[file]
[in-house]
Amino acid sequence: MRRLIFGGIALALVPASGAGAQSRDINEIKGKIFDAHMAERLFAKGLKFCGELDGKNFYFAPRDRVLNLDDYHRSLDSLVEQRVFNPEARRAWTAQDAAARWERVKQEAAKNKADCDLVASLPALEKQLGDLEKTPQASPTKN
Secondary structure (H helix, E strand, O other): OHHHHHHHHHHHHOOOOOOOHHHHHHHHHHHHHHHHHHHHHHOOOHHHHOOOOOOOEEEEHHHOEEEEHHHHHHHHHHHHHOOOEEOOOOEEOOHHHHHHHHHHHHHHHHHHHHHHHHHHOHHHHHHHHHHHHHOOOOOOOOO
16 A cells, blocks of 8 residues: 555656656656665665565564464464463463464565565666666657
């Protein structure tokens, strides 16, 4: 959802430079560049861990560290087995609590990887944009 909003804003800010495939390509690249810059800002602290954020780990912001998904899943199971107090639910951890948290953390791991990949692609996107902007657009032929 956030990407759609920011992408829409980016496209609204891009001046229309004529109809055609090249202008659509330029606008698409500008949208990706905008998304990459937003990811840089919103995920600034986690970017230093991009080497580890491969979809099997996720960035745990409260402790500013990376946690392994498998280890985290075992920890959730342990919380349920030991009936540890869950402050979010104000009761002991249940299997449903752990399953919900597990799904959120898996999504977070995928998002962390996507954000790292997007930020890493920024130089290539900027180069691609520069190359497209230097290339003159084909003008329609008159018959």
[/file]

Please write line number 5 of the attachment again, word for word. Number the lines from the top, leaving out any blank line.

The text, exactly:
């Protein structure tokens, strides 16, 4: 959802430079560049861990560290087995609590990887944009 909003804003800010495939390509690249810059800002602290954020780990912001998904899943199971107090639910951890948290953390791991990949692609996107902007657009032929 956030990407759609920011992408829409980016496209609204891009001046229309004529109809055609090249202008659509330029606008698409500008949208990706905008998304990459937003990811840089919103995920600034986690970017230093991009080497580890491969979809099997996720960035745990409260402790500013990376946690392994498998280890985290075992920890959730342990919380349920030991009936540890869950402050979010104000009761002991249940299997449903752990399953919900597990799904959120898996999504977070995928998002962390996507954000790292997007930020890493920024130089290539900027180069691609520069190359497209230097290339003159084909003008329609008159018959």